filed under: trail inventory & capacity
From San Jose Department of Parks, Recreation, and Neighborhood Services
The San Jose trail count provides data to support further development of the integrated trail network.
San Jose has conducted its 5th annual Trail Count for 2011. The count and survey of trail users was initiated in 2007 to show the Administration that special event closures in the downtown area had a big impact on usage and enjoyment of the City’s trails.
Since that first count, San Jose has initiated a trail closure policy that preserves access to the greatest extent possible and has increased awareness about the value of trails for both recreation and commuting. The regularly counting process also documents that trail usage has increased year after year – which helps to reinforce that trail development is a good investment.
This year’s count documents a 5.7% in increase in trail use along the Guadalupe River Trail at a station that has been in use since the first year. Trail Count has also made San Jose more competitive for grant funding, helped improve the planning of future trails, and has supported inclusion of trails in the City’s General Plan update as a transportation element.
The survey reveals that over 50% of trail users are commuting to and from Silicon Valley industry. Most responders say that longer trails and gap closures could attract more visitors to the trails.
A majority of trail users report that trails feel safe, secure, and well maintained.
Primary data collection objectives of the count and survey were to:
The trail count is conducted annually with the support of community and corporate volunteers, City staff, and the Guadalupe River Park Conservancy, Silicon Valley Bicycle Coalition, and Five Wounds Trail neighborhood/Communiversity.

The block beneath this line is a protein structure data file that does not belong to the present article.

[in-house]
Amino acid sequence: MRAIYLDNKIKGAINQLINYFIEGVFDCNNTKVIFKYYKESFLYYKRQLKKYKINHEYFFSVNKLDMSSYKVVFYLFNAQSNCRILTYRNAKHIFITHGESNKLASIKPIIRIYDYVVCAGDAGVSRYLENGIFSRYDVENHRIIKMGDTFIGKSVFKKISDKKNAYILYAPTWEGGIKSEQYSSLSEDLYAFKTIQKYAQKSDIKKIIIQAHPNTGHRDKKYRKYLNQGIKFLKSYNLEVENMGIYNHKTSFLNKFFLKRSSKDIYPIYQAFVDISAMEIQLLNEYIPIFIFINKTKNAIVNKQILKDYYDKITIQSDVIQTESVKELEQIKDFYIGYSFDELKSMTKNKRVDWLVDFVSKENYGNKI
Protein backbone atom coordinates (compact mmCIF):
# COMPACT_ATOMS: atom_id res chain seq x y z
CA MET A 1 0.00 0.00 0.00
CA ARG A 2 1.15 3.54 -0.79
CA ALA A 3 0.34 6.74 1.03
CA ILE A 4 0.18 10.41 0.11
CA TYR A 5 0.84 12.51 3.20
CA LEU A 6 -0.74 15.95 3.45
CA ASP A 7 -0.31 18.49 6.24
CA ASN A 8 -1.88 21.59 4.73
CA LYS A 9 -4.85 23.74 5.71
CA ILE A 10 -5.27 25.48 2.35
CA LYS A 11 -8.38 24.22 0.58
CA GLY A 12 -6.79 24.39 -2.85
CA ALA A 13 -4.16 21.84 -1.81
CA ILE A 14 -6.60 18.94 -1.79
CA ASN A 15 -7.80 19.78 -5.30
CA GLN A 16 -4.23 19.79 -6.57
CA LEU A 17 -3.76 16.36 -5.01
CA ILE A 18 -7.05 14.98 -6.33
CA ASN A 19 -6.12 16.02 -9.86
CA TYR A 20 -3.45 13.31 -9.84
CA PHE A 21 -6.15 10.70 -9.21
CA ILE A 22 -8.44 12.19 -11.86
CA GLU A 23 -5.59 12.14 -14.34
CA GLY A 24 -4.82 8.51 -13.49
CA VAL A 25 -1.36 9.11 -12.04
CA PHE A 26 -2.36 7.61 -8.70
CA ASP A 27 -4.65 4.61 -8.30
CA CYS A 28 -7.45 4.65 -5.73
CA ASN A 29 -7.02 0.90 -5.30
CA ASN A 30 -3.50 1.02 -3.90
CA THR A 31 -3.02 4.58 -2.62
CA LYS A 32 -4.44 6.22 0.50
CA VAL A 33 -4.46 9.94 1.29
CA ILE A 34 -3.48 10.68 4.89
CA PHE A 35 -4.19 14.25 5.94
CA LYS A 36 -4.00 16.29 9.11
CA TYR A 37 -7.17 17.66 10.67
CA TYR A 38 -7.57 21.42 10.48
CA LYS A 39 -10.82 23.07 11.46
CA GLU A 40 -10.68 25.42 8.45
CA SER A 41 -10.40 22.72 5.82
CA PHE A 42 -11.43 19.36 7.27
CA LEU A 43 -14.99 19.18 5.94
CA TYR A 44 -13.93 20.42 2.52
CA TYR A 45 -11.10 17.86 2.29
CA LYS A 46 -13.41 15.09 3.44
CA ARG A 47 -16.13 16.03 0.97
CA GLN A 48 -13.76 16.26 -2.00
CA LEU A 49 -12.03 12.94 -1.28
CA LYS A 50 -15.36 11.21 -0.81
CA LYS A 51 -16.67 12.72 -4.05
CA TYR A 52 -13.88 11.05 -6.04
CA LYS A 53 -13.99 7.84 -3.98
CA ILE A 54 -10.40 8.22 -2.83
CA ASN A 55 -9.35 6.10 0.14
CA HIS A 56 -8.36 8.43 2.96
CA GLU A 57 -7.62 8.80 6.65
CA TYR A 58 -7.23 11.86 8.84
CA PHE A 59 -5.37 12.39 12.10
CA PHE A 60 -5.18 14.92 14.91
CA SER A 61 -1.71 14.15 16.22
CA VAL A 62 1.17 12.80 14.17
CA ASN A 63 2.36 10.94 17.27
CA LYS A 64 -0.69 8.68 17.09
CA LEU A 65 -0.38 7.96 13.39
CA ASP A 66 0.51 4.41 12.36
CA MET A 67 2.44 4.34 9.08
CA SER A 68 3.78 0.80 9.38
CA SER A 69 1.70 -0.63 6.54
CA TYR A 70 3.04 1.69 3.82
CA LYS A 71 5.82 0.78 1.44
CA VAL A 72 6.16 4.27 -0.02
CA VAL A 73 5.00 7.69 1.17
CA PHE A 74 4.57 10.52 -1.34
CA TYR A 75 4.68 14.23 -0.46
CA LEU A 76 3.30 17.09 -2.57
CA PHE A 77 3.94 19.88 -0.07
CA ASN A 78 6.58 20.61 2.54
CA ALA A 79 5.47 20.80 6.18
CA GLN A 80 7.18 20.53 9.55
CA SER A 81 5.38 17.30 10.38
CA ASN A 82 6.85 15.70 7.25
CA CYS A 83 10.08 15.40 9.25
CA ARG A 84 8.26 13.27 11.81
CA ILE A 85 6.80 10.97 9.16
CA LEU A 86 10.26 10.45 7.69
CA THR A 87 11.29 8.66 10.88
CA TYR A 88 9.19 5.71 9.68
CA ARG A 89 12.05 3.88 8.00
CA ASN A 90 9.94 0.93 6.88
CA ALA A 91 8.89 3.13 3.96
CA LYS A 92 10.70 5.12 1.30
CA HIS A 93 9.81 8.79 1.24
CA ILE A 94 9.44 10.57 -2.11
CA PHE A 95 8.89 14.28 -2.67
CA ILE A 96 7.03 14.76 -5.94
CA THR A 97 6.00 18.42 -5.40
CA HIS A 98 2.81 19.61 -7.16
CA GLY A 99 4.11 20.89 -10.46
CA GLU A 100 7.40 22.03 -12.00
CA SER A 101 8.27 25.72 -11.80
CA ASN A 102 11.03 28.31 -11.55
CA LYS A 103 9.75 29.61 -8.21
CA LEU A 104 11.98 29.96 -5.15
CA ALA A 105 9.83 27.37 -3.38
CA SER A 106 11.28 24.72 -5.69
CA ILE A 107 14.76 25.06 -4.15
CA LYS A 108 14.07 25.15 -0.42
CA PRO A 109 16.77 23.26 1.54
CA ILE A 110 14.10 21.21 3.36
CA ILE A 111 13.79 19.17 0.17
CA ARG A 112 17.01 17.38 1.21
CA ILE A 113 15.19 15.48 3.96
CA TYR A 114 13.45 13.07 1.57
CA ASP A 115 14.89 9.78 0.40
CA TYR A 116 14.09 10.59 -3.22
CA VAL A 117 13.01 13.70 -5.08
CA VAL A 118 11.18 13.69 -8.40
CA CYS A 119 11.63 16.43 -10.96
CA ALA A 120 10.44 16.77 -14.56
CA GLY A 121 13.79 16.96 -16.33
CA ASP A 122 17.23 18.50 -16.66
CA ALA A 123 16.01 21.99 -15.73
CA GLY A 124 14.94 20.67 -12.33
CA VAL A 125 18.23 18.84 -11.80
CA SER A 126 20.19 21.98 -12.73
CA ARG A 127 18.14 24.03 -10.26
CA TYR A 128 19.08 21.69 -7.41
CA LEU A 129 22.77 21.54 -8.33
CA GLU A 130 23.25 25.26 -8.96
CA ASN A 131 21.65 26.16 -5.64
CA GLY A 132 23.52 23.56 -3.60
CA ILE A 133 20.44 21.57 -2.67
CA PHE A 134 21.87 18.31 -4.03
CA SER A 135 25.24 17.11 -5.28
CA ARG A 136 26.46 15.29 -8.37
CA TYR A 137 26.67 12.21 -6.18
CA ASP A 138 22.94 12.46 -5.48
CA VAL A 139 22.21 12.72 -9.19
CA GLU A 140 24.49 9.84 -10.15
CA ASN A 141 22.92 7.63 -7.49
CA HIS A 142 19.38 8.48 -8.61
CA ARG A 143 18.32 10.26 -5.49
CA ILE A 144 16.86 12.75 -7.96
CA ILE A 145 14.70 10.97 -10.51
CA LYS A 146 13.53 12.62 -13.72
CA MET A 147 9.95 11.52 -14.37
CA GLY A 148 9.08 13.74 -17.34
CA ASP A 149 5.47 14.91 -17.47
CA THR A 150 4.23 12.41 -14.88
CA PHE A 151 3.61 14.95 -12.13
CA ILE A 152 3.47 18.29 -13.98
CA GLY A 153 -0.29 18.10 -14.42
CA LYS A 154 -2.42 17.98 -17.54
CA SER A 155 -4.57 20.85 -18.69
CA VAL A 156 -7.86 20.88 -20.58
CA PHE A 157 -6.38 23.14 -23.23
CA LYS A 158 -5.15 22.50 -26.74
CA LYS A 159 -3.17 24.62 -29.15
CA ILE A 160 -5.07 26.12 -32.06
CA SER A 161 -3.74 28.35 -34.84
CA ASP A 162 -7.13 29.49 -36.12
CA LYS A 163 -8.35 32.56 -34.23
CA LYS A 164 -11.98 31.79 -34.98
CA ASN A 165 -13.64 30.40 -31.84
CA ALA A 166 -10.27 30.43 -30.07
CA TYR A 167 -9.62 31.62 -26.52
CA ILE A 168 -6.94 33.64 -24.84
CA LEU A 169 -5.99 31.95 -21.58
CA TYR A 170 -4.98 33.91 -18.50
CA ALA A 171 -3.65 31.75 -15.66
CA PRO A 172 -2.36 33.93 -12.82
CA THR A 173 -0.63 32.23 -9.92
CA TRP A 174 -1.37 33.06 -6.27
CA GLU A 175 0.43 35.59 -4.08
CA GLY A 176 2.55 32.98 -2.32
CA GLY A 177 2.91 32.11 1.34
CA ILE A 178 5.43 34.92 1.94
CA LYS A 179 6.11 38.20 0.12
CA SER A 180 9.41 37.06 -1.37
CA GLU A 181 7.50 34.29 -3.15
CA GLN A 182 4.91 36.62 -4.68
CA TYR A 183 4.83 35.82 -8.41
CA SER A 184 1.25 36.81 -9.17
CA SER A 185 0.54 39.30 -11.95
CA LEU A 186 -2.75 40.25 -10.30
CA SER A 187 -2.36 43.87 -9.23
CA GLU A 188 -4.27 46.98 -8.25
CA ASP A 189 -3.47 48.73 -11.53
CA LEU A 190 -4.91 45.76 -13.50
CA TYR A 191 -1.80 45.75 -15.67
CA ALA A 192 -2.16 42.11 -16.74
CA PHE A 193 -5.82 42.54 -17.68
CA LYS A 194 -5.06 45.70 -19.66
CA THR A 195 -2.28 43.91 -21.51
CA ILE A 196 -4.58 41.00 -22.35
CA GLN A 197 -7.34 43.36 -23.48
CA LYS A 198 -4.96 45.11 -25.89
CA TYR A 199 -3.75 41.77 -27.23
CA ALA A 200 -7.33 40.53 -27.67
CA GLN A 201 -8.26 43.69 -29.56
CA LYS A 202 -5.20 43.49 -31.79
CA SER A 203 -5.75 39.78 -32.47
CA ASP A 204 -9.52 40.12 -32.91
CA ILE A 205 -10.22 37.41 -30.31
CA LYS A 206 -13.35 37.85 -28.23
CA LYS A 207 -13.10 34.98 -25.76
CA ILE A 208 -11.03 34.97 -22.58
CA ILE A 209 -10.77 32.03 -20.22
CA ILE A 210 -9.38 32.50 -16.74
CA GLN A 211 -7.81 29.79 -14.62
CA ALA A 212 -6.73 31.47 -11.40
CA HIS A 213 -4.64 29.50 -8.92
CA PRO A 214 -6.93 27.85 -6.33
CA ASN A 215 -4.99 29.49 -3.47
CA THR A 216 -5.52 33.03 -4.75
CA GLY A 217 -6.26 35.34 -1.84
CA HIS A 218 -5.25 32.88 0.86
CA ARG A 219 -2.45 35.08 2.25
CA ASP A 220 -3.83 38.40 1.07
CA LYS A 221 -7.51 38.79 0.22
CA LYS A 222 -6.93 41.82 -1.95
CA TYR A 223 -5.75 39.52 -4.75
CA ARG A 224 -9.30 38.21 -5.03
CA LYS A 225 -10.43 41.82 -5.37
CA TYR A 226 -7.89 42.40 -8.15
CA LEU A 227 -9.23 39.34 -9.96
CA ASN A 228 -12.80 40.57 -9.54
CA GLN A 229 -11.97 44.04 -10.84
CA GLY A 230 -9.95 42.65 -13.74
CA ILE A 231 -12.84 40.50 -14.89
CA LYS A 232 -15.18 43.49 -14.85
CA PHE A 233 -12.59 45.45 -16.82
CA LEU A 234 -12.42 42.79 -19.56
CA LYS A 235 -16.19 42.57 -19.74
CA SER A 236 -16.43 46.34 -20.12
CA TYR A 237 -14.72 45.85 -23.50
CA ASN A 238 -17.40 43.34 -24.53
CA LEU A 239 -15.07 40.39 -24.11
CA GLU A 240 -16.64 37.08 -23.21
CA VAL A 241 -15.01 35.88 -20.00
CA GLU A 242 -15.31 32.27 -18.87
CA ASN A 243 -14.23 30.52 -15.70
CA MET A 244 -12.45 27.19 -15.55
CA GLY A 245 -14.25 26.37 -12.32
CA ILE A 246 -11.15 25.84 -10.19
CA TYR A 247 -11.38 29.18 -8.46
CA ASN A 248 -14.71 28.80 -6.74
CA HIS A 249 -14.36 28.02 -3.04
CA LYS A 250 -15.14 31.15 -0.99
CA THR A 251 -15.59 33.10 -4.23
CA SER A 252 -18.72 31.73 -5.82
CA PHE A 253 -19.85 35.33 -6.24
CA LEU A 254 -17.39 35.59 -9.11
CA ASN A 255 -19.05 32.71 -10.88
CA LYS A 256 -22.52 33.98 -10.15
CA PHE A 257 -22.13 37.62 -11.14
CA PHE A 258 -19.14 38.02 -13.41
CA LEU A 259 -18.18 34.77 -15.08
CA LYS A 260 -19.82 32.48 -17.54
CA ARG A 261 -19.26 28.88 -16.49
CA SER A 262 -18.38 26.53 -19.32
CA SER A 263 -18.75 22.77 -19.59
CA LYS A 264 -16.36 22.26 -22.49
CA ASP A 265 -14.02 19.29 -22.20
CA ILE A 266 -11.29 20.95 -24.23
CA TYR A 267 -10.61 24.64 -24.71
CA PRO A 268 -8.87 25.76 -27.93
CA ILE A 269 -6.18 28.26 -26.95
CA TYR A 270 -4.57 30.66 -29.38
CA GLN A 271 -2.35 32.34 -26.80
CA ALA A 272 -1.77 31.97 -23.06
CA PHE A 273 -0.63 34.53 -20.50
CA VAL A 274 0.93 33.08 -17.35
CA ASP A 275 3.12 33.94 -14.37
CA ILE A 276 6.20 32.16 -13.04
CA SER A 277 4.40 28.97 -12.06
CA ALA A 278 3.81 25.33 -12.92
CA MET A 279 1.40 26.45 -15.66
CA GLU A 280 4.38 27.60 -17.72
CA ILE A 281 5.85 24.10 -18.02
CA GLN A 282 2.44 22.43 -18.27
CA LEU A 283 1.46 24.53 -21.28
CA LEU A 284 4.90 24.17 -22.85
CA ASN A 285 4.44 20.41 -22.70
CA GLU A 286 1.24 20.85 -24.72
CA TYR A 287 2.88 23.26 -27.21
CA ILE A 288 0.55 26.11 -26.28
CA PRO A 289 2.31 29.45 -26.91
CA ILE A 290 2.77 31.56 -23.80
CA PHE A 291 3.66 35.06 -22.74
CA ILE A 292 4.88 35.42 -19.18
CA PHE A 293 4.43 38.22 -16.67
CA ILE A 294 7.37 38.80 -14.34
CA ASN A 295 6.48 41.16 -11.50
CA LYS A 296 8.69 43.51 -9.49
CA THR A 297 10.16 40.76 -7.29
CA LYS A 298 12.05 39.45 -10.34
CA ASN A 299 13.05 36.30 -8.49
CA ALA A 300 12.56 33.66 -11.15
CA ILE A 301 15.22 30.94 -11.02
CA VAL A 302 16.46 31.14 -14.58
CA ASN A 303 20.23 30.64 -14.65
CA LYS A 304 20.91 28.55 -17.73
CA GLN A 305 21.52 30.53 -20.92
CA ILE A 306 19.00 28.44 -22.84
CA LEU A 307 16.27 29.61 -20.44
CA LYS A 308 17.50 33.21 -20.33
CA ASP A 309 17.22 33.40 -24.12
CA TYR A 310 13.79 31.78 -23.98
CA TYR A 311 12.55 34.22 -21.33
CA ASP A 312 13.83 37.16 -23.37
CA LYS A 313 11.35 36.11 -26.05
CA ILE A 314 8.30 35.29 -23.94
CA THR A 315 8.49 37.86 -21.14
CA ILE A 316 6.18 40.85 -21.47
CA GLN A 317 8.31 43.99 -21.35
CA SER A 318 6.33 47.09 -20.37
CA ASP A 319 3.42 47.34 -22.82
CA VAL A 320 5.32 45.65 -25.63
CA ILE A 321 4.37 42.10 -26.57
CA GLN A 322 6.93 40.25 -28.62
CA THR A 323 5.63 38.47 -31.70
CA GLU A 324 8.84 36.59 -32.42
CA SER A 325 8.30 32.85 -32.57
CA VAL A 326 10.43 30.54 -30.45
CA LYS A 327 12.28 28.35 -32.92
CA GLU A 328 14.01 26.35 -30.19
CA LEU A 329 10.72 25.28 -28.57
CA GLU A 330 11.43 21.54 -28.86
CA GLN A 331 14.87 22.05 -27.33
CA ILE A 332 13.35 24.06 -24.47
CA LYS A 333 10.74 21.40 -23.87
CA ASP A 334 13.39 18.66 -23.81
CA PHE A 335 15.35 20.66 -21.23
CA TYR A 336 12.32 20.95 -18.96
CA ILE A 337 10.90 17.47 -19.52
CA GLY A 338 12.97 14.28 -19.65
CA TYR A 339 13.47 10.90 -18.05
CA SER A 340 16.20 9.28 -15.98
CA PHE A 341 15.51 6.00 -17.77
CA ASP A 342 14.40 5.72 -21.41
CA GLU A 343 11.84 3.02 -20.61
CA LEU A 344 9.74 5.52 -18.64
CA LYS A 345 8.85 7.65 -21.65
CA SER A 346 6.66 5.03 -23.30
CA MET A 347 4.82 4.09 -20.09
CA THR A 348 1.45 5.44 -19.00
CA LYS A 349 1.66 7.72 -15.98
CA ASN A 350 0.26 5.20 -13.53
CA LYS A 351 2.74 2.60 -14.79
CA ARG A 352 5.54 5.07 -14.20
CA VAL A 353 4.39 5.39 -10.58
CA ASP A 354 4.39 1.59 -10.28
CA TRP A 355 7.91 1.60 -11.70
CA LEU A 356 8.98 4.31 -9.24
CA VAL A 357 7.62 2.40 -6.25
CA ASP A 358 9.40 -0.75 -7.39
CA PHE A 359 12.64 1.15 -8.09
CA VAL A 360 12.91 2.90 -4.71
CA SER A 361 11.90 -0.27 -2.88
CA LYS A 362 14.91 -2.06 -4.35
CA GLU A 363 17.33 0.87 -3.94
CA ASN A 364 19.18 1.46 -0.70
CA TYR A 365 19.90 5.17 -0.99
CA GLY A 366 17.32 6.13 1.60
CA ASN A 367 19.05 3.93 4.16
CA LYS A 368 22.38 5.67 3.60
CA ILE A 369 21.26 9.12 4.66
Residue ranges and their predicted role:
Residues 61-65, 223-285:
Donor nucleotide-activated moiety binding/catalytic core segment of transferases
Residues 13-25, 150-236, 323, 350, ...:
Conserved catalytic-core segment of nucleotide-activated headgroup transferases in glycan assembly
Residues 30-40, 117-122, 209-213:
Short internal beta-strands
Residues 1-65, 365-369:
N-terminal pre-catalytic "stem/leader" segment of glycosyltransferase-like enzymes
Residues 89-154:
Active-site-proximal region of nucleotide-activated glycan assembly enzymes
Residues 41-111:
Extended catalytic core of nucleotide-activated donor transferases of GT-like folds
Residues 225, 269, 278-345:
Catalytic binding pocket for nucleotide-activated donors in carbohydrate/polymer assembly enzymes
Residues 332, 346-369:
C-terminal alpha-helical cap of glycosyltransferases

The count of trail users was done on Wednesdays, September 14 and 28, 2011. Counts at six stations occurred along three trail systems and a future trail alignment. Four stations were staffed for 12 hours (7:00 am to 7:00 pm) and the remaining stations during peak travel periods (7:00 to 9:00 am, and 4:00 to 7:00 pm).
Published September 2011
Evaluating Effectiveness of Visitor Use Management
Estimating visitor numbers and collecting information on visitor attitudes in Alaska national forests is especially challenging because of the dispersed access to the forests by a relatively small number of visitors.
As the summer unfolds, park and trail managers across North America are preparing for yet another recording breaking season. While it is too early to make definitive calls about the state of pandemic trail boom and future volumes on trails and in parks, early analyses suggest the boom is alive and well. During this unprecedented time, automated count data serves as a crucial tool to track changes, understand use, and make the work of trail managers just a little bit easier.
Billings has successfully implemented over 35 miles of trail in the last 15 years, causing concern over how the trails will be maintained, which departments are responsible for maintenance, and how it will be funded.